The Latimer girls, their friends and CJ the parrot are on the hunt again. In this, the second book of the series, they are once again searching for their missing father supposedly lost at sea. While their cousin is working as a marine physicist on a classified mission on an oceanographic research vessel in China, they are enjoying their day at the market when Elizabeth notices a shop with little wooden boats exactly like her father used to make, right down to his unique signature graphic. Thus begins another rollicking adventure through the vortex, this time into the days when pirates ruled the China Sea.

I love this young adult adventure series by Deborah Cannon, full of humour, murderous attacks, kidnapping and Elizabeth's feelings escalating between two young men, one from the past...or is it the from her own time. Though she finds her father in the home of Cho, and escapes with him, he is again kidnapped. Will she find her father again? Will he know her if she does? Fraught with danger, this is a great adventure, mixing history with fantasy as their search for their father and Cho, a modern day pirate and his captor, goes deep into the pirate world of the greatest pirate on the China Seas in the 1800s, Cheng I Sao, Mrs. Cheng.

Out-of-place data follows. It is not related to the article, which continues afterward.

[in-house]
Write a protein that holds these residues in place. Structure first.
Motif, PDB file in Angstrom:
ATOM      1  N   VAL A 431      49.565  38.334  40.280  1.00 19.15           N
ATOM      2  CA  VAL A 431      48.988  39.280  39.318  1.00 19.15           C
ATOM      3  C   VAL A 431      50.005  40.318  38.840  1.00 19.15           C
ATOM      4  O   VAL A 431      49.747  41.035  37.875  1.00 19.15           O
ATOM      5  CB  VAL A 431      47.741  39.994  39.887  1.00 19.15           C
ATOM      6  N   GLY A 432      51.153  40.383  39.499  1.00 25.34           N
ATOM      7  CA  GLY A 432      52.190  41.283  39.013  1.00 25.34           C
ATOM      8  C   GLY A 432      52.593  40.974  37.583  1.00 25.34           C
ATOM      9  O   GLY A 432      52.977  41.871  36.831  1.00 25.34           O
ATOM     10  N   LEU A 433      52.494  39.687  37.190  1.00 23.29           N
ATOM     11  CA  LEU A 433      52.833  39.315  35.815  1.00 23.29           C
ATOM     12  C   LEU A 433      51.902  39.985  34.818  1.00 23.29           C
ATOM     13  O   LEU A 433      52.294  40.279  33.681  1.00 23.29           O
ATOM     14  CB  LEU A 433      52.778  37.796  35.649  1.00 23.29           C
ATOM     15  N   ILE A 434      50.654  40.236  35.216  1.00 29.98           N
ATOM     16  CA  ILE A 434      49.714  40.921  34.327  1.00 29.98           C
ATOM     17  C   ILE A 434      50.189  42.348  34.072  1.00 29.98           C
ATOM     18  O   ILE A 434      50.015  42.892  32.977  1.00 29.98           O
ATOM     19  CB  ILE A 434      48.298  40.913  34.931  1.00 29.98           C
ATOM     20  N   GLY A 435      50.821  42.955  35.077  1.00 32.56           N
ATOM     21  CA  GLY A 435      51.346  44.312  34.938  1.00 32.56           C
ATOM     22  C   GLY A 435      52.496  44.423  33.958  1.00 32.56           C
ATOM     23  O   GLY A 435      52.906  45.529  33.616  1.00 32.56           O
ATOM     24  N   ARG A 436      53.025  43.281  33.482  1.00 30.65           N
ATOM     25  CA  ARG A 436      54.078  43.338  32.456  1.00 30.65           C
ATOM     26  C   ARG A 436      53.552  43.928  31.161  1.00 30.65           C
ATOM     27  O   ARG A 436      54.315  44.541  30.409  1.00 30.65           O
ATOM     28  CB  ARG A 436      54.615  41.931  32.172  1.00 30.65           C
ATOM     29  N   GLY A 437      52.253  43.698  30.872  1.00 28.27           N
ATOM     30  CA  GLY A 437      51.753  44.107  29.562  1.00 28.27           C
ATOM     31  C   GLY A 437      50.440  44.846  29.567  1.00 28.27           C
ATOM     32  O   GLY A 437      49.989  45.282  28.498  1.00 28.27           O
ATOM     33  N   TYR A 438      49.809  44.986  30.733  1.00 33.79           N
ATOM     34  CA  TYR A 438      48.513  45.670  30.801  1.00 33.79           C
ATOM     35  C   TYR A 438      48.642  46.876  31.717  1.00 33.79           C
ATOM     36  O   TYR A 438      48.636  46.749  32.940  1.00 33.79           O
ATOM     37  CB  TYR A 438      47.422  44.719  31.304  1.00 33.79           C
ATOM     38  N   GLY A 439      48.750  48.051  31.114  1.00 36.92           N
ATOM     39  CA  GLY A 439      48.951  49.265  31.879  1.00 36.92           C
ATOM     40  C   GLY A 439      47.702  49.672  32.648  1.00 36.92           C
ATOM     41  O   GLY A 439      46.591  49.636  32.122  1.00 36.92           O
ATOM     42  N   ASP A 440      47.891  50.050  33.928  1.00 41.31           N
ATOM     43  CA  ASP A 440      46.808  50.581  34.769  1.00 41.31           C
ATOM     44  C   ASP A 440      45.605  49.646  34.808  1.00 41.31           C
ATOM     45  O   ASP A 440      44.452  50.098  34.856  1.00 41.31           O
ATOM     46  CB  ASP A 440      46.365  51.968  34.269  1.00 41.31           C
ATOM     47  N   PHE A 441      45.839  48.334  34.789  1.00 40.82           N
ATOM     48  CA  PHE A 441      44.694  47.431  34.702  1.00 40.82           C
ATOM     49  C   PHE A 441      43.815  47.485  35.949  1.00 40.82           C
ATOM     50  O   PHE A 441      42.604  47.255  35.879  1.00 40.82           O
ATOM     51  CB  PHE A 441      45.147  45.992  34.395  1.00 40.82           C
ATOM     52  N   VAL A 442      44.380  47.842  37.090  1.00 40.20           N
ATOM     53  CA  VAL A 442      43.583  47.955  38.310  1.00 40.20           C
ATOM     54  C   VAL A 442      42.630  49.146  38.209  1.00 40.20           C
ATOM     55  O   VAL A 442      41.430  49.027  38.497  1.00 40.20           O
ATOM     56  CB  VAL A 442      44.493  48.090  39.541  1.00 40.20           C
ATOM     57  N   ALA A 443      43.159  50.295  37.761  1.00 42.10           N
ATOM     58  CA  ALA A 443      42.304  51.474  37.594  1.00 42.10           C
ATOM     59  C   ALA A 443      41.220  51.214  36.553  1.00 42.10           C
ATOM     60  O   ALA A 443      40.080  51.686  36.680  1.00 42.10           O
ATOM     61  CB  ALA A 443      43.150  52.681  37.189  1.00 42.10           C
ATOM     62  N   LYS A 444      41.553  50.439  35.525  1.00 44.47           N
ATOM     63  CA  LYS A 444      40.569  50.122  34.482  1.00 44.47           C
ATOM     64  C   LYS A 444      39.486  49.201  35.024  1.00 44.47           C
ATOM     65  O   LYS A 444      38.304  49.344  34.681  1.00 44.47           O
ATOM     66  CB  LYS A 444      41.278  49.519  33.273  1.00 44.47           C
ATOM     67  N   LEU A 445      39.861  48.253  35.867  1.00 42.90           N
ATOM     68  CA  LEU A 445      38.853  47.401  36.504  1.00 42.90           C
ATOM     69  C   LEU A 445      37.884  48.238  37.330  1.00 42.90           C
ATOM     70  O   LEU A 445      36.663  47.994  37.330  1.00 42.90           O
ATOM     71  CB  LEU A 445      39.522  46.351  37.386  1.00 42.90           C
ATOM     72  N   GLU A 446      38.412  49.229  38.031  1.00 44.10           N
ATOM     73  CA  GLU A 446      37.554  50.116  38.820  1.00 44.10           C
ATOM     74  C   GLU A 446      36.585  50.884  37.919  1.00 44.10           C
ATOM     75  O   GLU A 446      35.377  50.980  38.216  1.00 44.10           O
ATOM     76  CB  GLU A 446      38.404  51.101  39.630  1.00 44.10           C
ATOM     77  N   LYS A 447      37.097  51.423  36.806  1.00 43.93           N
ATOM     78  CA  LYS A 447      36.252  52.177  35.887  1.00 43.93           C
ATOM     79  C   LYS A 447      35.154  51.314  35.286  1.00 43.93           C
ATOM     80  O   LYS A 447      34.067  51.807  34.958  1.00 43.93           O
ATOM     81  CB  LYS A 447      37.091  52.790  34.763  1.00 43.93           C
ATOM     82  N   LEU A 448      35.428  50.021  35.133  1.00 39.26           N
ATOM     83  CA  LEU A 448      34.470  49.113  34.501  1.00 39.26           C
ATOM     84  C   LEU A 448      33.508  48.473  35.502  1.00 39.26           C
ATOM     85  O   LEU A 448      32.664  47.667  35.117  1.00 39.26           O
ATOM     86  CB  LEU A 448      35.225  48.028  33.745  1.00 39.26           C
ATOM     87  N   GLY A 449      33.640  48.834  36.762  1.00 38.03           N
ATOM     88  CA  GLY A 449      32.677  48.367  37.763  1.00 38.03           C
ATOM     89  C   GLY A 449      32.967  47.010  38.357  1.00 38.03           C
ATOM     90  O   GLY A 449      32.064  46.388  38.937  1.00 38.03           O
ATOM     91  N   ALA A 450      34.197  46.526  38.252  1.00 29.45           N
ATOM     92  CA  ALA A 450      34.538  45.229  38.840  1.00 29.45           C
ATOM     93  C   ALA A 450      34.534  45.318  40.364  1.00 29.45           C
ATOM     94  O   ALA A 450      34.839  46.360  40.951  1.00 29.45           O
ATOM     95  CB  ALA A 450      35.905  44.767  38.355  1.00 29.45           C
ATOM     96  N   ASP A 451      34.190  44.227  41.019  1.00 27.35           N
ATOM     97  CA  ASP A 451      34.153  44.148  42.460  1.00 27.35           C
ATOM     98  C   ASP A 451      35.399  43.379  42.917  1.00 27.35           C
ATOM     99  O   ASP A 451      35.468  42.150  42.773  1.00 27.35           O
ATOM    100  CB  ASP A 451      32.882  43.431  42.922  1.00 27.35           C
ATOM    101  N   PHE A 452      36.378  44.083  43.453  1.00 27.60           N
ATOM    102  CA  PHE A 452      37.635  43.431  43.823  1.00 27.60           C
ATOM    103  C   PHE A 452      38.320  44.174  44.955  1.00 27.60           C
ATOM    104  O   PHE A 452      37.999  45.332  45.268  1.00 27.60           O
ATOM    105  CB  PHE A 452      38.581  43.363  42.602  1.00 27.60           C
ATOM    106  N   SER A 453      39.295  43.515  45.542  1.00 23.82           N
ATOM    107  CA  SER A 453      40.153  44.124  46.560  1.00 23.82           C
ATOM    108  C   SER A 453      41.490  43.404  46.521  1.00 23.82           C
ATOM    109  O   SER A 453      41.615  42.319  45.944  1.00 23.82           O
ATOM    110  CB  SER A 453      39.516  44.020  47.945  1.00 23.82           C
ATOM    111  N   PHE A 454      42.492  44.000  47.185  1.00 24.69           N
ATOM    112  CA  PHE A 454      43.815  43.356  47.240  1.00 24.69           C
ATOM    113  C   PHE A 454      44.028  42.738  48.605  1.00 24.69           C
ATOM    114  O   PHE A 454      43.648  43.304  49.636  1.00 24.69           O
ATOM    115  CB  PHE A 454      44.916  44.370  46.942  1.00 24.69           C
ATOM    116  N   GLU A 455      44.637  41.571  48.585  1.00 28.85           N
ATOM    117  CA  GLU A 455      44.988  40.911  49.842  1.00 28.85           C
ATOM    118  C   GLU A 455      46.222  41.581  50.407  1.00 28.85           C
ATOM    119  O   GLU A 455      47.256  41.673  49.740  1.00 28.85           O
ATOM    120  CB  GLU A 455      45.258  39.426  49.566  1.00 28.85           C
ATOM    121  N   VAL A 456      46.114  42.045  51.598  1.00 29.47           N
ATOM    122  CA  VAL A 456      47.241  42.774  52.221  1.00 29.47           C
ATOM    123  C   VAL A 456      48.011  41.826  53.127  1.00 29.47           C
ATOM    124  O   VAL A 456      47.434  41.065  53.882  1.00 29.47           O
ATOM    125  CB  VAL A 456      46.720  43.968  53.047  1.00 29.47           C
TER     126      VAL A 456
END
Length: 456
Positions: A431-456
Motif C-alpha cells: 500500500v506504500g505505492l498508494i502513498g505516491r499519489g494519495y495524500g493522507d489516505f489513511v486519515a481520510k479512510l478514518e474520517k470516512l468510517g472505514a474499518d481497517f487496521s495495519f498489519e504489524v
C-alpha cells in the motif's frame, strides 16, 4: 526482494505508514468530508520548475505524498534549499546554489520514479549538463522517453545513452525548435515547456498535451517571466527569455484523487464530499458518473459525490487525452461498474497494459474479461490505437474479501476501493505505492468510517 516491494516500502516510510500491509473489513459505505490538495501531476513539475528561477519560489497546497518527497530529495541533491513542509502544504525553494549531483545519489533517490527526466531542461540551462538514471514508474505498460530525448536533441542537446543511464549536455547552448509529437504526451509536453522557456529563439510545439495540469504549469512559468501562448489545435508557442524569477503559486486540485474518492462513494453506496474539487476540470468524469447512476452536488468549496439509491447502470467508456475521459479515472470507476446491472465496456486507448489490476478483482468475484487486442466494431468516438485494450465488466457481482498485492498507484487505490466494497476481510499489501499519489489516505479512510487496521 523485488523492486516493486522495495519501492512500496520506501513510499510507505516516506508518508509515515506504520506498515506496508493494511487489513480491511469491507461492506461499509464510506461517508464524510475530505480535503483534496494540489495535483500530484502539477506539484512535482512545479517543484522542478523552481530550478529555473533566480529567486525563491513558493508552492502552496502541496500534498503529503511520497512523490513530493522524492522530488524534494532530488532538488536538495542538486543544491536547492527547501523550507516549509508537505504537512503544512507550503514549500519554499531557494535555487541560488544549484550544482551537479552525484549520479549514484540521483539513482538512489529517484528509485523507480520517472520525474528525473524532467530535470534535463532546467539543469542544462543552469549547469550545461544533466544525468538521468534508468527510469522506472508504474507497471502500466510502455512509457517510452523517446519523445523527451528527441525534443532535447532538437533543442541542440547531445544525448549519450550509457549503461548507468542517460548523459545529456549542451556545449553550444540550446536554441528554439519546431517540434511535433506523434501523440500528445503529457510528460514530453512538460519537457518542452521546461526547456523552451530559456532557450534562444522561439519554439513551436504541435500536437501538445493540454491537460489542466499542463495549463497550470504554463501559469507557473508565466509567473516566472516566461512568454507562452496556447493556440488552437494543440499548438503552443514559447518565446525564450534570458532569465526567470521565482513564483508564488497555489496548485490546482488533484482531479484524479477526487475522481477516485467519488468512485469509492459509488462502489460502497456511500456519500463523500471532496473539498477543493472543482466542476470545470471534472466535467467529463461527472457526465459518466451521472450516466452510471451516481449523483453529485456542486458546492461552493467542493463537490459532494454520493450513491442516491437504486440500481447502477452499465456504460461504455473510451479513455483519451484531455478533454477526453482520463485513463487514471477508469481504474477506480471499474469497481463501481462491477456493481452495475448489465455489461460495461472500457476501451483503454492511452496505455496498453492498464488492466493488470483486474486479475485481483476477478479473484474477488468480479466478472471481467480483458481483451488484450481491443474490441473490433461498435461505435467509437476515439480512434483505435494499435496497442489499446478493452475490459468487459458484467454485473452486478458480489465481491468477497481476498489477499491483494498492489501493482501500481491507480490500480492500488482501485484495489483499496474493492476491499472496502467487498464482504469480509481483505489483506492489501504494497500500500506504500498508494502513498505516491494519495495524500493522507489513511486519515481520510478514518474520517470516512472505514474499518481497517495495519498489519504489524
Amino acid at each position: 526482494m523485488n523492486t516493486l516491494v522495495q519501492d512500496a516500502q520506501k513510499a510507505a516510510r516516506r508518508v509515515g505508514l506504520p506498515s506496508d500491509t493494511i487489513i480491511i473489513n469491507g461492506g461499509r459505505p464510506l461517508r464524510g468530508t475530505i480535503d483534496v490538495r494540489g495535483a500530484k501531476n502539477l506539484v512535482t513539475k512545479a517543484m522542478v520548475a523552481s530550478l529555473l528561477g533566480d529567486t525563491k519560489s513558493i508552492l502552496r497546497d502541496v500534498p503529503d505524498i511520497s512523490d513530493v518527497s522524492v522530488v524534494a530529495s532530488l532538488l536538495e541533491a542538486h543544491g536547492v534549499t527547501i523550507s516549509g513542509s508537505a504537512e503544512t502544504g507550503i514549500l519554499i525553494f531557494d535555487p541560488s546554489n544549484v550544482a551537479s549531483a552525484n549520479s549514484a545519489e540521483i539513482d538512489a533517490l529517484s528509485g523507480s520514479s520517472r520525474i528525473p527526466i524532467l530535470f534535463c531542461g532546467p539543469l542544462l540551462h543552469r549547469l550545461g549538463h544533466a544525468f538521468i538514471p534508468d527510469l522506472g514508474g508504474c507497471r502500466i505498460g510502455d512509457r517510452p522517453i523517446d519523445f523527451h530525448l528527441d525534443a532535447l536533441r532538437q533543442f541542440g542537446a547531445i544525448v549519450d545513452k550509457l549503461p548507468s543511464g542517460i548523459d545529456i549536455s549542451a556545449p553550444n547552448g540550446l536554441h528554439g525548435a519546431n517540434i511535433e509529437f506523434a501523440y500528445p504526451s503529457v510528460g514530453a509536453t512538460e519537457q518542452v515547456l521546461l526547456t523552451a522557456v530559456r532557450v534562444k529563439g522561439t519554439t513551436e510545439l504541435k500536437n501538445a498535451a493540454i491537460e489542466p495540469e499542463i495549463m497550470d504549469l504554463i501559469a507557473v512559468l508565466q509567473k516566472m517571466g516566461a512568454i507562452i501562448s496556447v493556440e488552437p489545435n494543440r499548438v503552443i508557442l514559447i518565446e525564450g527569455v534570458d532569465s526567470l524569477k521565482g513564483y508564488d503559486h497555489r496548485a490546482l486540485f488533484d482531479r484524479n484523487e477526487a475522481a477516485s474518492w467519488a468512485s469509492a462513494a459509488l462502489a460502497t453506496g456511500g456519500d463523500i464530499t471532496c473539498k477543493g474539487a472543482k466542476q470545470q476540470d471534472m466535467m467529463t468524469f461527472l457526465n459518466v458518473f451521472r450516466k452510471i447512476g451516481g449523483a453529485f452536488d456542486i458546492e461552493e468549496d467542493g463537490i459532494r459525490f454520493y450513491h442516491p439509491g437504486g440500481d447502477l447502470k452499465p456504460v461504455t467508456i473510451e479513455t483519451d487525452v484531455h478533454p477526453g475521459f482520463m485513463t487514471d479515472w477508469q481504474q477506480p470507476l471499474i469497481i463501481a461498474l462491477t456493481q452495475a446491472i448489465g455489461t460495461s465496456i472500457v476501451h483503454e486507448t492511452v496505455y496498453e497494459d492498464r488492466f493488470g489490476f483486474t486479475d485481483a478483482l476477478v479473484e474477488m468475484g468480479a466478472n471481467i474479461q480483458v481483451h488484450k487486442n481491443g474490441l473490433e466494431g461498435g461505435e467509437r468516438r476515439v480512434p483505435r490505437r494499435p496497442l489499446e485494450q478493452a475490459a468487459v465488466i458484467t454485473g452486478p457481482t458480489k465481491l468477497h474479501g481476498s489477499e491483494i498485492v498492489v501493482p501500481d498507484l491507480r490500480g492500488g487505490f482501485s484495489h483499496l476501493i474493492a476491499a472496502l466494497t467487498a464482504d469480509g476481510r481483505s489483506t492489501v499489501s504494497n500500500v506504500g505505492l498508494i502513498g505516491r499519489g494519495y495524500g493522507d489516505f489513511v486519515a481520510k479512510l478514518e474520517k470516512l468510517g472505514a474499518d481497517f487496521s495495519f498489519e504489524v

The biggest problem facing our group, other than staying alive, is to avoid changing history. Lulu at home is keeping track of that on her I-phone and indeed history has been changed a few times; they must correct all the wrongs. Great characters, along with CJ the irascible but irresistible parrot and the mysterious Daniel, all in all, this is an exciting storyline, built on fact and fiction both. This book has all the elements of excitement for young adults, early teens, and adults.